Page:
A typical VG.R draft focuses much more on protecting and creating space for Yang "End" Pu, setting up a powerful mid-game push and aiding End's transition into a mid-to-late-game engine of destruction. Among the Chinese powerhouses, VG.R have the least equitable distribution of kill participation, since End’s average KDA nearly doubles that of every one of his teammates.
LGD, on the other hand, have the most equitable distribution of kill participation out of the four. That’s in part because of how quickly they involve Sun "Agressif" Zheng and how much more they emphasize fighting and ganking. LGD’s compositions focus on decisive aggression, with heroes like Lu "Maybe" Yao's signature Storm Spirit and Xue "September" Zhichuan's Kunkka, and they use the momentary advantage gained from successful ganks and skirmishes to convert objectives, rather than trying to smash them head-on with the enemy team at full strength. This is why September's Riki is the most honor-banned hero in the entire region.
Newbee and Wings have the deepest hero pools, but in many ways hold to the extreme ends of the Chinese spectrum. Newbee has an average win-time above 40 minutes, but an average loss-time around 36 minutes; for Wings, those numbers are reversed, and even more extreme, with a 34 minute win-time and a 45 minute loss-time on average.
Wings are brutally aggressive while Newbee tend to play more conservatively. A preference for smothering offense has made Wings the only team in China to win more often than lose against Newbee since March. They were close to surpassing Newbee in the Grand Finals of NYC earlier this month, but the downside of their approach is a weakness in best-of-five series — Wings rely on the element of surprise and tend to fare poorly if forced to run similar drafts one game after another. Had the NYC finals been a best-of-three, Wings would have won 2-1, which is their average rate of success against China's most noteworthy team.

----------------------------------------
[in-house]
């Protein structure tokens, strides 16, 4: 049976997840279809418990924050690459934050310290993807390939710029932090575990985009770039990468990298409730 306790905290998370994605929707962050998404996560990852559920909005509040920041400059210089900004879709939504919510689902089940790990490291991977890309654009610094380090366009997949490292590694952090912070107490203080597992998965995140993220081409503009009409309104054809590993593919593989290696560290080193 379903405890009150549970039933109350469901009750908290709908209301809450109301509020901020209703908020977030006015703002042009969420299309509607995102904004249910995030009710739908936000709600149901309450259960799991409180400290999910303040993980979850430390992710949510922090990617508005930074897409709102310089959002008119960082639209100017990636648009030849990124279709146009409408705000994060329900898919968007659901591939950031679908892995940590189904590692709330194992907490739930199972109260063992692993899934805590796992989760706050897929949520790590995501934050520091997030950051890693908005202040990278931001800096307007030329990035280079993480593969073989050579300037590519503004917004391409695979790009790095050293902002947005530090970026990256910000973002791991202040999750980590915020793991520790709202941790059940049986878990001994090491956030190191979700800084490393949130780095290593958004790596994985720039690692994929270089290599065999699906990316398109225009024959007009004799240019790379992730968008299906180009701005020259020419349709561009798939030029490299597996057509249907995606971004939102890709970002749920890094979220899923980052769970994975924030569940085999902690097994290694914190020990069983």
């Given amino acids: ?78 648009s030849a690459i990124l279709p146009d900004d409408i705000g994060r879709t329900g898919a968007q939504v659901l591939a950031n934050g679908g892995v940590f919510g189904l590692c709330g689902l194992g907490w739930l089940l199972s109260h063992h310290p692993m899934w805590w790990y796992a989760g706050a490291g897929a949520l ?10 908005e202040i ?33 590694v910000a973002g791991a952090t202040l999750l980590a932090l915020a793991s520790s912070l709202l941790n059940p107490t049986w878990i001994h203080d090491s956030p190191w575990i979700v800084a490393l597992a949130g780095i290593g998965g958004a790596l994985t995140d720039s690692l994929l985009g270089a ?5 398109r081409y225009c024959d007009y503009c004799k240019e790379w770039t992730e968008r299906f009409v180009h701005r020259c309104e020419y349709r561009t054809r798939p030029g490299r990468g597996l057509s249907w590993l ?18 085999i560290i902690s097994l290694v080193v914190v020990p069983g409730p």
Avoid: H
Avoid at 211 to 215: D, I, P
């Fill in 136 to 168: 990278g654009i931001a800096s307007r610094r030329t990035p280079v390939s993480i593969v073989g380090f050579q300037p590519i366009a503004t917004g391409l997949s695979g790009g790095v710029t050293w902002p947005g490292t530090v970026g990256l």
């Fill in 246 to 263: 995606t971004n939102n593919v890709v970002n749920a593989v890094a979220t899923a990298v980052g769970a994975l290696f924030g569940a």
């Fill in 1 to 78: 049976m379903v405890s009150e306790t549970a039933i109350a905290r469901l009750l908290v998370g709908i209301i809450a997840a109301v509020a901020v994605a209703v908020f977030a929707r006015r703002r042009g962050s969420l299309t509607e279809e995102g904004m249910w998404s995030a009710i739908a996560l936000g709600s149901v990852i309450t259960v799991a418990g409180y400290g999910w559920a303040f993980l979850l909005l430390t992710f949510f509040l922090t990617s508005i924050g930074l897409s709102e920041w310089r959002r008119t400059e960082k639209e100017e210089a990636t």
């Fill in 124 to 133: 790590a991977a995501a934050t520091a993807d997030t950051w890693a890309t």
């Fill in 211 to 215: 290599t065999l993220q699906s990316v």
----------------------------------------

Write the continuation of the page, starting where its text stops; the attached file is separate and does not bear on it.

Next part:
Few Western teams are able to transition into aggression as fast as Wings Gaming, meaning few have been able to punish Newbee with the same level of success. Even OG and Liquid tend to make their first major surge closer to 15-20 minutes into a game, using prodding aggression to set the pace, but not necessarily to seize a clear advantage through the early game.
As for Newbee, their success relies on Wong "ChuaN" Hock Chuan’s energetic involvement to divert attention away from Chen "Hao" Zhihao. Zhang "Mu" Pan's high-aggression playstyle also helps create layered advantage windows for smooth transitions into the mid and late game. This well-rounded strategy emphasizes Mu’s Timbersaw, Death Prophet and Dragon Knight, and he boasts the highest average GPM of the region. That GPM is padded in part by his frequent use of Alchemist, though he typically plays the hero as a fighting machine rather than a split-pushing farmer.
The International could mean a return to glory for LGD's Aggressif, who narrowly missed an unprecedented underdog victory with CDEC at The International 2015. For VG.R, it would be proof of Xu "fy" Linsen’s god status in the wake of his disappointing run with Vici Gaming at The Shanghai Major and subsequent demotion to their (at the time) secondary squad. Wings are the only team in China without a player to have placed in the Top 4 at an International; in fact, China's three other representatives have at least two each.
Newbee, of course, are easily considered one of the world's top three teams heading into the event. If they win, they'll be the first organization to take home two TI victories, and Hao, ChuaN and Mu will be the only three repeat-winning players to date.
The stakes are high, but these teams will approach their runs with wildly different priorities. Only one can be the top of China, and maybe one will be the top of the world. But if one of them does win, it won’t be an anomaly — at least not if you know what to expect from the East.
Ryan "Gorgon the Wonder Cow" Jurado writes about Dota 2 and freelances for theScore esports. You can follow him on Twitter.